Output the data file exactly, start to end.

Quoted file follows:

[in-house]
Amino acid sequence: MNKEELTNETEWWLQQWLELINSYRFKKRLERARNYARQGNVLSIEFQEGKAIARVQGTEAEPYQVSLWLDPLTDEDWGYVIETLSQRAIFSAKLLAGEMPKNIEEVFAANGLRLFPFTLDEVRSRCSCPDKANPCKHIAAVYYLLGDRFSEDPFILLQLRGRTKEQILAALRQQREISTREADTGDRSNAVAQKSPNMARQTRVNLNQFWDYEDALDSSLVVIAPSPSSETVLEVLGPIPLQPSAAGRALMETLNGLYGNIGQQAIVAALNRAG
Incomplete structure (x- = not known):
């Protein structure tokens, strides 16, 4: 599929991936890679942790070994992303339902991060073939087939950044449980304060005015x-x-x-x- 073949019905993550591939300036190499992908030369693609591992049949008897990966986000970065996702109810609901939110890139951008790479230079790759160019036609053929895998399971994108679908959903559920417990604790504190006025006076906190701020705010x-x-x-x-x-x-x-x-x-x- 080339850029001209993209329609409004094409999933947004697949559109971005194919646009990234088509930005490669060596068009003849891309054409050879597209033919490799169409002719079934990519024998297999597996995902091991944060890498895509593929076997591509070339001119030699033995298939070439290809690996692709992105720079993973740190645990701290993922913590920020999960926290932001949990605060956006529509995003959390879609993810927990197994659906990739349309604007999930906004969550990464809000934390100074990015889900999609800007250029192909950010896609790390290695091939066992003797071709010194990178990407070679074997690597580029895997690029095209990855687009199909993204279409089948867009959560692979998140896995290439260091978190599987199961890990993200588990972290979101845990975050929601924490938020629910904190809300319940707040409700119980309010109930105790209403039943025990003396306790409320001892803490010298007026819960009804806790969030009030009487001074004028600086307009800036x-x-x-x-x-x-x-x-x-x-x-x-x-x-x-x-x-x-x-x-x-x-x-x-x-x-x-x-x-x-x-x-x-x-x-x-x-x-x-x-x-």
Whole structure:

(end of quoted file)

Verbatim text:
[in-house]
Amino acid sequence: MNKEELTNETEWWLQQWLELINSYRFKKRLERARNYARQGNVLSIEFQEGKAIARVQGTEAEPYQVSLWLDPLTDEDWGYVIETLSQRAIFSAKLLAGEMPKNIEEVFAANGLRLFPFTLDEVRSRCSCPDKANPCKHIAAVYYLLGDRFSEDPFILLQLRGRTKEQILAALRQQREISTREADTGDRSNAVAQKSPNMARQTRVNLNQFWDYEDALDSSLVVIAPSPSSETVLEVLGPIPLQPSAAGRALMETLNGLYGNIGQQAIVAALNRAG
Incomplete structure (x- = not known):
């Protein structure tokens, strides 16, 4: 599929991936890679942790070994992303339902991060073939087939950044449980304060005015x-x-x-x- 073949019905993550591939300036190499992908030369693609591992049949008897990966986000970065996702109810609901939110890139951008790479230079790759160019036609053929895998399971994108679908959903559920417990604790504190006025006076906190701020705010x-x-x-x-x-x-x-x-x-x- 080339850029001209993209329609409004094409999933947004697949559109971005194919646009990234088509930005490669060596068009003849891309054409050879597209033919490799169409002719079934990519024998297999597996995902091991944060890498895509593929076997591509070339001119030699033995298939070439290809690996692709992105720079993973740190645990701290993922913590920020999960926290932001949990605060956006529509995003959390879609993810927990197994659906990739349309604007999930906004969550990464809000934390100074990015889900999609800007250029192909950010896609790390290695091939066992003797071709010194990178990407070679074997690597580029895997690029095209990855687009199909993204279409089948867009959560692979998140896995290439260091978190599987199961890990993200588990972290979101845990975050929601924490938020629910904190809300319940707040409700119980309010109930105790209403039943025990003396306790409320001892803490010298007026819960009804806790969030009030009487001074004028600086307009800036x-x-x-x-x-x-x-x-x-x-x-x-x-x-x-x-x-x-x-x-x-x-x-x-x-x-x-x-x-x-x-x-x-x-x-x-x-x-x-x-x-």
Whole structure: